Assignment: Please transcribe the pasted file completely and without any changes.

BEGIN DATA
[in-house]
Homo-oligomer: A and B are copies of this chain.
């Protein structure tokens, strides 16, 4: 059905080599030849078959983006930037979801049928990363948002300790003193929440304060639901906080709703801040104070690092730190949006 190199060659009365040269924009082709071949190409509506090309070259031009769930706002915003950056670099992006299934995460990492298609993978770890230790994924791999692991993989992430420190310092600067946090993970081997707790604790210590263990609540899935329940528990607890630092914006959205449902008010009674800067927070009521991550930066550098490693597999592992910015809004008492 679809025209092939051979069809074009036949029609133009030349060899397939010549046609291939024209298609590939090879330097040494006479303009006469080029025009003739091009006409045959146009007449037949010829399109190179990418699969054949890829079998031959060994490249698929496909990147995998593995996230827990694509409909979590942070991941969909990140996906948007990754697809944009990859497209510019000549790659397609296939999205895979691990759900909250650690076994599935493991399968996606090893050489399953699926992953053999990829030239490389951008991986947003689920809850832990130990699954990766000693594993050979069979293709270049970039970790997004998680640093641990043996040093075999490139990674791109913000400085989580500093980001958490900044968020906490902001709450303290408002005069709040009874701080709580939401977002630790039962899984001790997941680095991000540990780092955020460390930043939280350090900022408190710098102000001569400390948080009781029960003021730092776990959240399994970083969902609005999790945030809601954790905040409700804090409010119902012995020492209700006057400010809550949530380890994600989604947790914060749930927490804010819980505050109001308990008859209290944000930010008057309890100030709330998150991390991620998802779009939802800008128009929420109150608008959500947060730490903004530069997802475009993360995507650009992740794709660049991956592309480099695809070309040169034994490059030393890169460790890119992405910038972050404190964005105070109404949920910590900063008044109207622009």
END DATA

[in-house]
Homo-oligomer: A and B are copies of this chain.
């Protein structure tokens, strides 16, 4: 059905080599030849078959983006930037979801049928990363948002300790003193929440304060639901906080709703801040104070690092730190949006 190199060659009365040269924009082709071949190409509506090309070259031009769930706002915003950056670099992006299934995460990492298609993978770890230790994924791999692991993989992430420190310092600067946090993970081997707790604790210590263990609540899935329940528990607890630092914006959205449902008010009674800067927070009521991550930066550098490693597999592992910015809004008492 679809025209092939051979069809074009036949029609133009030349060899397939010549046609291939024209298609590939090879330097040494006479303009006469080029025009003739091009006409045959146009007449037949010829399109190179990418699969054949890829079998031959060994490249698929496909990147995998593995996230827990694509409909979590942070991941969909990140996906948007990754697809944009990859497209510019000549790659397609296939999205895979691990759900909250650690076994599935493991399968996606090893050489399953699926992953053999990829030239490389951008991986947003689920809850832990130990699954990766000693594993050979069979293709270049970039970790997004998680640093641990043996040093075999490139990674791109913000400085989580500093980001958490900044968020906490902001709450303290408002005069709040009874701080709580939401977002630790039962899984001790997941680095991000540990780092955020460390930043939280350090900022408190710098102000001569400390948080009781029960003021730092776990959240399994970083969902609005999790945030809601954790905040409700804090409010119902012995020492209700006057400010809550949530380890994600989604947790914060749930927490804010819980505050109001308990008859209290944000930010008057309890100030709330998150991390991620998802779009939802800008128009929420109150608008959500947060730490903004530069997802475009993360995507650009992740794709660049991956592309480099695809070309040169034994490059030393890169460790890119992405910038972050404190964005105070109404949920910590900063008044109207622009």